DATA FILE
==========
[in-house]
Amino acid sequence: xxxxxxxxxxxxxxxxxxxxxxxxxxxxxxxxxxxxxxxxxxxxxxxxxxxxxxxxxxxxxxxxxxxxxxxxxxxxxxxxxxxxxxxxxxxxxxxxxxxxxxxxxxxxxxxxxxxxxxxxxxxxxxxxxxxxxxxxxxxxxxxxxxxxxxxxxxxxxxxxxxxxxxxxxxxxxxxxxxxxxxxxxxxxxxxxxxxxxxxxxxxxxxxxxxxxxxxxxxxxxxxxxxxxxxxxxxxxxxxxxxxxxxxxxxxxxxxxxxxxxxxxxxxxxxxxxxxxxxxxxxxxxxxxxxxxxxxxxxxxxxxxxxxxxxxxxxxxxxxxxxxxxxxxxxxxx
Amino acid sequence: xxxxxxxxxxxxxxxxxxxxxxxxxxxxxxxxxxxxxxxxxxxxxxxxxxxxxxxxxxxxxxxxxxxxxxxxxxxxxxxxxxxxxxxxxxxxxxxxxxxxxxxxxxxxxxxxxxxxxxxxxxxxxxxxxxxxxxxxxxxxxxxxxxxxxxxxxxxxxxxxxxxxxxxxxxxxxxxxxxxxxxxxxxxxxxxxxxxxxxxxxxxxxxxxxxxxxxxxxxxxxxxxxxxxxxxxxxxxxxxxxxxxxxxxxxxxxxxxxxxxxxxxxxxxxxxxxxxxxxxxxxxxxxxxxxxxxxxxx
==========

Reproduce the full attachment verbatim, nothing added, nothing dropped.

[in-house]
Amino acid sequence: xxxxxxxxxxxxxxxxxxxxxxxxxxxxxxxxxxxxxxxxxxxxxxxxxxxxxxxxxxxxxxxxxxxxxxxxxxxxxxxxxxxxxxxxxxxxxxxxxxxxxxxxxxxxxxxxxxxxxxxxxxxxxxxxxxxxxxxxxxxxxxxxxxxxxxxxxxxxxxxxxxxxxxxxxxxxxxxxxxxxxxxxxxxxxxxxxxxxxxxxxxxxxxxxxxxxxxxxxxxxxxxxxxxxxxxxxxxxxxxxxxxxxxxxxxxxxxxxxxxxxxxxxxxxxxxxxxxxxxxxxxxxxxxxxxxxxxxxxxxxxxxxxxxxxxxxxxxxxxxxxxxxxxxxxxxxx
Amino acid sequence: xxxxxxxxxxxxxxxxxxxxxxxxxxxxxxxxxxxxxxxxxxxxxxxxxxxxxxxxxxxxxxxxxxxxxxxxxxxxxxxxxxxxxxxxxxxxxxxxxxxxxxxxxxxxxxxxxxxxxxxxxxxxxxxxxxxxxxxxxxxxxxxxxxxxxxxxxxxxxxxxxxxxxxxxxxxxxxxxxxxxxxxxxxxxxxxxxxxxxxxxxxxxxxxxxxxxxxxxxxxxxxxxxxxxxxxxxxxxxxxxxxxxxxxxxxxxxxxxxxxxxxxxxxxxxxxxxxxxxxxxxxxxxxxxxxxxxxxxx